Prog-rock superstars Styx, easily one of the most popular American bands of the late 1970s and early 1980s, shed its sometimes theatrical performance side and delivered an old school arena-style rock show Friday night at Pechanga Resort & Casino.
Relying on the twin guitar attack of Tommy Shaw and James “JY” Young, and keeping its distance from former lead singer Dennis DeYoung’s softer, more ballad-heavy and sci-fi selections, Styx revved it up and served the sold-out audience one grandiose rocker after another.
Styx exemplifies the prototypical meat and potatoes Midwestern rock band. And that’s not a bad thing.
From the opening shot across the bow of “Blue Collar Man” to showstopper “Lady” to the big, sweeping mid-tempo rocker “Man In The Wilderness,” Styx performed as if they were headlining the L.A. Forum.
“This is such a cool gig for us,” admitted co-lead guitarist/vocalist and probably the band’s most recognizable member Tommy Shaw.
I’m sure part of the cool factor this evening was because original Styx bass player (and the group’s co-founder) Chuck Panozzo was in the house, joining the band on three numbers, including “Fooling Yourself (The Angry Young Man)” and the set’s closer “Renegade.”
Longtime fans of the band rejoiced at the reunion.
Though the band’s three main vocalists all took turns throughout the evening, it was keyboardist Lawrence Gowan who sang original Styx lead singer Dennis DeYoung’s parts, and quite admirably, I must say. “Lady” and “Come Sail Away” never sounded better.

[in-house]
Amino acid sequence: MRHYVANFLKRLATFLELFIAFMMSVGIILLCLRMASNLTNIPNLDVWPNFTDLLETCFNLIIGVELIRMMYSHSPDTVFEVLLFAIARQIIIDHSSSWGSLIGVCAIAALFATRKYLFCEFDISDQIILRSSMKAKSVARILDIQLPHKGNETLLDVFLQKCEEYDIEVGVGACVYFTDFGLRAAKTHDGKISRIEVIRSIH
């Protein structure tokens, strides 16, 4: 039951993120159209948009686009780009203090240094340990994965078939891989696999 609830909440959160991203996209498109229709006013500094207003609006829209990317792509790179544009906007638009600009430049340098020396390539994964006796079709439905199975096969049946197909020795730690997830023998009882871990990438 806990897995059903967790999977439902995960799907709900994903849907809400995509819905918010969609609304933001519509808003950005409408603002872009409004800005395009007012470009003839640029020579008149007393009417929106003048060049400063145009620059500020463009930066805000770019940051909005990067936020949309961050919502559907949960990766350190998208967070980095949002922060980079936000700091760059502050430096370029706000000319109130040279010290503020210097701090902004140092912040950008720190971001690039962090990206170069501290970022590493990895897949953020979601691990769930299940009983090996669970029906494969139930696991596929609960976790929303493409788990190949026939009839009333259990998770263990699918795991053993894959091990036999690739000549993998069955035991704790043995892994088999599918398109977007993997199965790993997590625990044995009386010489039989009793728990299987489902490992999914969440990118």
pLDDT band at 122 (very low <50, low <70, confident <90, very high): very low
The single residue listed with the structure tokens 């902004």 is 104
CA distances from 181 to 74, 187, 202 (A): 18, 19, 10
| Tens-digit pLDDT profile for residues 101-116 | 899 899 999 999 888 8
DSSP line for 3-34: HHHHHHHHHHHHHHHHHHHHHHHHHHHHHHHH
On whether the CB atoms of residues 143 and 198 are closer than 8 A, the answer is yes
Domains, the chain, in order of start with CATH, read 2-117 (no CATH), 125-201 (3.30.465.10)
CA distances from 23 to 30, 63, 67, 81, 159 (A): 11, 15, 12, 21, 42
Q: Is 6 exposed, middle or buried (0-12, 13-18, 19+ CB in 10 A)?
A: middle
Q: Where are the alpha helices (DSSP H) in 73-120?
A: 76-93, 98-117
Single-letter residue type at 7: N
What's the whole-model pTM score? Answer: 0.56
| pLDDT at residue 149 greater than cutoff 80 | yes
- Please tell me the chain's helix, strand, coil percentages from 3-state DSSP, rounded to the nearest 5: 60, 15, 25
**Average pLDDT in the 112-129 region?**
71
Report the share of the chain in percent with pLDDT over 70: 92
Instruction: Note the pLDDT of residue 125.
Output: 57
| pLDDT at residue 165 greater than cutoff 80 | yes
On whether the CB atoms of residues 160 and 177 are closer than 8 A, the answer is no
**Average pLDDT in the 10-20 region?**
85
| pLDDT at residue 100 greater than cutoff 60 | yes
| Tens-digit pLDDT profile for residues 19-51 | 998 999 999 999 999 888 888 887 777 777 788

Perhaps the most endearing highlight of the evening took place each time one of the Styx members “posed” for a photo while performing.
Whether it was Tommy taking center stage soloing or bassist Ricky Phillips coming over to say “hi” to the fans in the corner of the stage, the crowd was free to take photos and videos via their cellphones. It’s easy to see that the band genuinely loves the personal connection with their beloved fans.
Facebook, Twitter, and Instagram are surely loaded with these photos. Smart marketing.
The fans in front of the stage, those who made up the “general admission” section typically not allowed at Pechanga’s theater-style setup, were the main benefactors and amateur photographers. “Riding the rail” comes with benefits.
But so many of today’s artists do the exact opposite. They make it a venue policy to prevent the crowd — their fans — from taking fun, once-in-a-lifetime, cherished mementos.
Kudos, Styx. No wonder your fans unconditionally love you.
For further information on upcoming shows at Pechanga Resort & Casino, visit www.pechanga.com.
Chris Baptiste is a local writer and regular contributor to SWRNN.